Health-conscious American millennials have found their drink of choice: alcoholic carbonated water that is lower in calories and carbs than beer and wine.
A hard seltzer craze is sweeping the United States as Generations Y and Z pursue healthier lifestyles, influenced by viral trends on Instagram and YouTube.
US sales of the bubbly booze, also called spiked seltzer, have soared almost 200 percent this year compared to 2018, according to research firm Nielsen.
“It has replaced other canned alcoholic drinks for me,” says Hannah Stempler, a 25-year-old living and working in New York.
Stempler drinks White Claw, the brand at the forefront of America's beverage fixation this summer. The company said sales were up over 265 percent on-year at the beginning of September and that it holds 61 percent of market share.
Truly, another brand, saw sales spike 163 percent in Q2, according to Macquarie market research.
From beaches and parks to house parties and boat trips, youngsters were seen drinking White Claw across the Big Apple and other major cities.
Panic even struck this month when shopkeepers and retailers reported shortages and the manufacturer said it was working overtime to keep up with demand.
Stempler, who works in television, said that one of the reasons she drinks it is because she is “health-conscious.” A 12-ounce can of White Claw contains 100 calories and a maximum two grams of carbs. It is also gluten-free.
An average beer, in comparison, usually packs 140 calories and five times the number of carbohydrates.
The hard seltzer has five percent alcohol, which comes from fermented sugars. That equals the strength of Budweiser but is considerably less than the 12 percent commonly found in wine.
Alcoholic sparkling water comes in several flavours, including mango and cherry, appealing to customers seeking convenient, ready-to-drink cocktails on the go.
Sanjiv Gajiwala, White Claw's senior vice president of marketing, thinks young consumers are turning to hard seltzers because of their moderate alcohol levels and variety of tastes. “Millennials are consumers that grew up on 10 different flavors of Gatorade and cuisines from around the world. When they come to the legal drinking age, they are looking for more,” he said.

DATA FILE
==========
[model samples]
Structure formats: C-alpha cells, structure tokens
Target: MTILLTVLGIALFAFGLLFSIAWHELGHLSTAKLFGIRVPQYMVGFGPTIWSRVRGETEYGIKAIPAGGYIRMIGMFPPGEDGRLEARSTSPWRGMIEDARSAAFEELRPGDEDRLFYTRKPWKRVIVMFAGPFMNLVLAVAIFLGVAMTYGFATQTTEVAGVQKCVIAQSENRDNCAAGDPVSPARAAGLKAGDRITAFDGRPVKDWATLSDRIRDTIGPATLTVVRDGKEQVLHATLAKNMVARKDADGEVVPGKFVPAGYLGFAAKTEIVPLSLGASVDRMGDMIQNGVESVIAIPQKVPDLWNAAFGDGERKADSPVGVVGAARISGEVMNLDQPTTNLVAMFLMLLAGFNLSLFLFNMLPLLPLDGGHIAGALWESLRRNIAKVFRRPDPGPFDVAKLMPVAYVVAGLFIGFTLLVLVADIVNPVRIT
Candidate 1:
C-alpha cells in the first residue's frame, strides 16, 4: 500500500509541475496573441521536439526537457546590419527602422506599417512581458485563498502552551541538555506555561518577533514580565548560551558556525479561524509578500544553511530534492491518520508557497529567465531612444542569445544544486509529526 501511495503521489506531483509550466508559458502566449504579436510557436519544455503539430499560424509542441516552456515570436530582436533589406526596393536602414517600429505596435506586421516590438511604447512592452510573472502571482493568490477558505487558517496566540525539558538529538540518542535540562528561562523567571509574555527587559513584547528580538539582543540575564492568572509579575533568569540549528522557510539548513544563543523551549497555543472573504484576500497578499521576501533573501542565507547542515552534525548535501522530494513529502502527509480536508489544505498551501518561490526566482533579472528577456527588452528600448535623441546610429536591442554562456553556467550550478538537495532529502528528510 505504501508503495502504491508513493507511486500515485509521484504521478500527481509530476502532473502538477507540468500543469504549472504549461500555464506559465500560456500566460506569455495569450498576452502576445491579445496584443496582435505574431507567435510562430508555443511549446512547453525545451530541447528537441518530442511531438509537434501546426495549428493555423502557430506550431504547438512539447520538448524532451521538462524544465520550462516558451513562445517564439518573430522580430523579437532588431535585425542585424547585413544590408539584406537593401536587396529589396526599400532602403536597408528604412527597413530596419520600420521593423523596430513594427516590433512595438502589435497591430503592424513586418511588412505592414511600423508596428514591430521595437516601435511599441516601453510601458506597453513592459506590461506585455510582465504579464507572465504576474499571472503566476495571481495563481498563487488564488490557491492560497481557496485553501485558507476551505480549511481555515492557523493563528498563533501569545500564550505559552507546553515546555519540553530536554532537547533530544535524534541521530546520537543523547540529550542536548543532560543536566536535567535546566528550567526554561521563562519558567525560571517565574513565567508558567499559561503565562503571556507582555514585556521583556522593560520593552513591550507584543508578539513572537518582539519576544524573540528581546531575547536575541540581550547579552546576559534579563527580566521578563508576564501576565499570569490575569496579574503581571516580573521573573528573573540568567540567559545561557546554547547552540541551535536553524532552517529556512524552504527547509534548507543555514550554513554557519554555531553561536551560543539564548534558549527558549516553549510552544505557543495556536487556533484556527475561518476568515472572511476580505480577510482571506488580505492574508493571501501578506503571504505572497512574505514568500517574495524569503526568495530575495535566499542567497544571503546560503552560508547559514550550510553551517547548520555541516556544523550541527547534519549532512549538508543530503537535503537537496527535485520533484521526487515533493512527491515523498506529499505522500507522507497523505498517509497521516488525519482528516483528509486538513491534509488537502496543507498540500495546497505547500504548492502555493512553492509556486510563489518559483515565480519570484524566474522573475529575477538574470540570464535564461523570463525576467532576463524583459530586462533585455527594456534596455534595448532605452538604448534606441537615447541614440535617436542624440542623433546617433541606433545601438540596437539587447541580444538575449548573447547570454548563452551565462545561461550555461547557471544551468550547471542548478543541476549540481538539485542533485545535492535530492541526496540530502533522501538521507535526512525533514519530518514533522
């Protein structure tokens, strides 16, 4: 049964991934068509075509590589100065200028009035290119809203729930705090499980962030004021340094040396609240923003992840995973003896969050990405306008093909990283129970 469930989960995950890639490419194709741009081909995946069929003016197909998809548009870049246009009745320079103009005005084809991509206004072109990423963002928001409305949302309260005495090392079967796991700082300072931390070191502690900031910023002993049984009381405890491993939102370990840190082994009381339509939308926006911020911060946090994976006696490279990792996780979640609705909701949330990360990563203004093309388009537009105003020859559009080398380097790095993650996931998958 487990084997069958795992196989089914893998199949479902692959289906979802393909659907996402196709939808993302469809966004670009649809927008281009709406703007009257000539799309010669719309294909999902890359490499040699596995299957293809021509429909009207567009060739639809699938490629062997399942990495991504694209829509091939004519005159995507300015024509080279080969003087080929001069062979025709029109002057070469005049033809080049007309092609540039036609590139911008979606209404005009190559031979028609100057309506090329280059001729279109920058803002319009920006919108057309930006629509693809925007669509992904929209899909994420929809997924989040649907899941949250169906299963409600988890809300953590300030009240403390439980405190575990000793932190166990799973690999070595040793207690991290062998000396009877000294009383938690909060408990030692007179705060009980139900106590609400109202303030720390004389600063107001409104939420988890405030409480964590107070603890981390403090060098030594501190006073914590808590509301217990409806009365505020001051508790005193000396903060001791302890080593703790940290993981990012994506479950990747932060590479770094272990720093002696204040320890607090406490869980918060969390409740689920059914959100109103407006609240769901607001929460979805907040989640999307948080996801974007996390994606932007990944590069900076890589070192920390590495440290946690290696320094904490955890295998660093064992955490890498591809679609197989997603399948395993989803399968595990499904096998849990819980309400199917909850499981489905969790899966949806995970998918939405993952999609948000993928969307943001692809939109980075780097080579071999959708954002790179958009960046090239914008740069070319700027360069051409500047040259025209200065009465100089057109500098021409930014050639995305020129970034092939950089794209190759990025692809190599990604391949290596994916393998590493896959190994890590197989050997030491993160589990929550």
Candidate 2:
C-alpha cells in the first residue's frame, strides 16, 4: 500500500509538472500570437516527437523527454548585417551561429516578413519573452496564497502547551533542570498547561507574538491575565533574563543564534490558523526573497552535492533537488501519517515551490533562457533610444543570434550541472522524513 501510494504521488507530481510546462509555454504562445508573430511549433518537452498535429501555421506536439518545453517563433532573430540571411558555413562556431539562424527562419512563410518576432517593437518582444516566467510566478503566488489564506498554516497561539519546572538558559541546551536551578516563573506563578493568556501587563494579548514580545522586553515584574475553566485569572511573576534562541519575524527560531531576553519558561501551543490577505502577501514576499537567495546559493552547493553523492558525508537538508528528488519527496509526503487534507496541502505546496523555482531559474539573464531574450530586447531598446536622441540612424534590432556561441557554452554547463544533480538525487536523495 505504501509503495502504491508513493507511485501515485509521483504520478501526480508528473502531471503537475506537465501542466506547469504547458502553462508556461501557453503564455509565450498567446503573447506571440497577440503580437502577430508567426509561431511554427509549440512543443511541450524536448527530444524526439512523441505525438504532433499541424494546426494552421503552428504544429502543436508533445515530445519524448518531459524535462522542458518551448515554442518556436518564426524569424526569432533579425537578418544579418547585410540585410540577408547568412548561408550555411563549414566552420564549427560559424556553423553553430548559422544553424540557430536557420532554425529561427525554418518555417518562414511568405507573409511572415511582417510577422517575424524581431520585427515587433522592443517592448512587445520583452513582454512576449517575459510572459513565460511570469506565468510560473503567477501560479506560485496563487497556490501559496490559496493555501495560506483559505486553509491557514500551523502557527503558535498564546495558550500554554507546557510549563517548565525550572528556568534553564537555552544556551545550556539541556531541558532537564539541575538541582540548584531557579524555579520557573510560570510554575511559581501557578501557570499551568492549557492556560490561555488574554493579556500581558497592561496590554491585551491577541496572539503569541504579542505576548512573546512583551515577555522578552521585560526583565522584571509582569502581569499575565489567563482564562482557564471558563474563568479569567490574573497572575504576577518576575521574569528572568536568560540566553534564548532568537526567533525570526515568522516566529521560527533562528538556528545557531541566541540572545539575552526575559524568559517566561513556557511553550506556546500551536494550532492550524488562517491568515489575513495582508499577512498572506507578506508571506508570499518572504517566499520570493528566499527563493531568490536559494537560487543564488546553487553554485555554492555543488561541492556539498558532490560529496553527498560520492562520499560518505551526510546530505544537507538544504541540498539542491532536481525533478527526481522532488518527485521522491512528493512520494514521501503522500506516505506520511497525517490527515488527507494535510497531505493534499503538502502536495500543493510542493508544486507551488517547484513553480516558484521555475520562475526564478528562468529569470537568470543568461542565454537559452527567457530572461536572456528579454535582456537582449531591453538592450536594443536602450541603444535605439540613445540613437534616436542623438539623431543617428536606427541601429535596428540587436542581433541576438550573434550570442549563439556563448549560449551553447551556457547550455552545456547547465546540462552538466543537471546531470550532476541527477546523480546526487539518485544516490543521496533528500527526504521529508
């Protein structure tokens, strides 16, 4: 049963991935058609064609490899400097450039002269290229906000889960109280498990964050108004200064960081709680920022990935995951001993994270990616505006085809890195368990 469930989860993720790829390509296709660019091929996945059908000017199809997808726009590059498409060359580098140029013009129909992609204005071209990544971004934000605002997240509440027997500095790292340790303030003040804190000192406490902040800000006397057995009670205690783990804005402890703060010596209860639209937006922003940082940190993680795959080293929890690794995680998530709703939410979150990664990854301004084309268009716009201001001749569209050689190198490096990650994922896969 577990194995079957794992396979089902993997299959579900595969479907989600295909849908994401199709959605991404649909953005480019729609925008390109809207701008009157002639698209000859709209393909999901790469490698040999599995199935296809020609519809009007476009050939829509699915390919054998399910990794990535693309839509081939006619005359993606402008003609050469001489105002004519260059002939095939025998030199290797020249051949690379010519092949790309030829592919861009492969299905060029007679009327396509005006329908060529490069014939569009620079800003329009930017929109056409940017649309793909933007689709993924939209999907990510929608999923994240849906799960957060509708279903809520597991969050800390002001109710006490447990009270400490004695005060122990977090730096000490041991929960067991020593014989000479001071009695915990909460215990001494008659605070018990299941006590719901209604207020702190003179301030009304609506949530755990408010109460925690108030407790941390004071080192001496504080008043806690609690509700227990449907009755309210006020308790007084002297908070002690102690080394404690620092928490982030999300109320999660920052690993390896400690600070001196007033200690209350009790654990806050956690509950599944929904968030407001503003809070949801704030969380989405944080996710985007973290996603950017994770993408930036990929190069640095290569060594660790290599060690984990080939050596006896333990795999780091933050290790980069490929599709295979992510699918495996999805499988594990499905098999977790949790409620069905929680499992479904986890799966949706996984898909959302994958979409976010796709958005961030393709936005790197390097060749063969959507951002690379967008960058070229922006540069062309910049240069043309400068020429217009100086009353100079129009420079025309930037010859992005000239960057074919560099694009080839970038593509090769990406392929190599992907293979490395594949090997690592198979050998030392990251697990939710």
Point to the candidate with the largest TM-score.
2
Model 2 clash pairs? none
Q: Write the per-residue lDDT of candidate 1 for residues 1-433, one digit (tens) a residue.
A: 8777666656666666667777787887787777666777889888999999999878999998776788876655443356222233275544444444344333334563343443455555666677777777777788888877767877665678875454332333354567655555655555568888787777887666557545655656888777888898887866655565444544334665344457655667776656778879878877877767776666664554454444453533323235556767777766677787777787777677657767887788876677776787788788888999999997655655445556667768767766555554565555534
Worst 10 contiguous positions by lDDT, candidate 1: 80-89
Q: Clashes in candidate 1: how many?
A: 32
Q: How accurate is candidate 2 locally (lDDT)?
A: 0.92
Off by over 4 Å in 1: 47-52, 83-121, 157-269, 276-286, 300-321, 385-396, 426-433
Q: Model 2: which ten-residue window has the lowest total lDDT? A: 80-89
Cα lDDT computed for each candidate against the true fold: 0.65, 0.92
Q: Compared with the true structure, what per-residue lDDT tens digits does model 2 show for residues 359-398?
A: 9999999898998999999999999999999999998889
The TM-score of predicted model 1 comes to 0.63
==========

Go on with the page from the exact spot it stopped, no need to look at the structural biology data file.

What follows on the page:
White Claw sales have surged every year since it launched in 2016 but seems to have captured the imagination this summer in part thanks to YouTube influencer Trevor Wallace. A video of him drinking White Claw has been watched more than 2.5 million times in two months. The clip spawned memes and hashtags that went viral on social media.
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The trend for hard seltzers, which include malt beverages, is shaking up the US alcoholic drinks industry and fueling a slowdown in overall beer sales, analysts say. Beer manufacturers are rolling out their own seltzers to try to lure customers away from White Claw and Truly.
Anheuser-Busch, which makes Budweiser, has launched Natural Light Seltzer.
Aaron White, of the National Institute on Alcohol Abuse and Alcoholism, is pleased youngsters are mindful of what they drink but warns that fewer calories does not mean less alcohol.
He worries that people may consume more alcohol because fruity seltzers don't taste like traditional booze, and is especially concerned by the Four Loko brand's plans to launch a seltzer with 14 percent alcohol by volume. “The alcohol is the drug. Everything else is just the way it's delivered,” White said.
Other types of drinks have been the subject of similar crazes in the past, notably wine coolers in the 1980s and Zima, a malt beverage that was all the rage in the 90s.
Rob Fink, a 29-year-old living in New York, believes spiked seltzer is here to stay but says it won't usurp beer and other liquor for him. “There's a time and place for both.”
The alcoholic soda industry is worth $550 million and could grow to $2.5 billion by 2021, according to a UBS analyst recently quoted by Business Insider.
Gajiwala notes that White Claw has not even reached six percent of American households yet. “There is a great opportunity for us to continue to grow,” he said.
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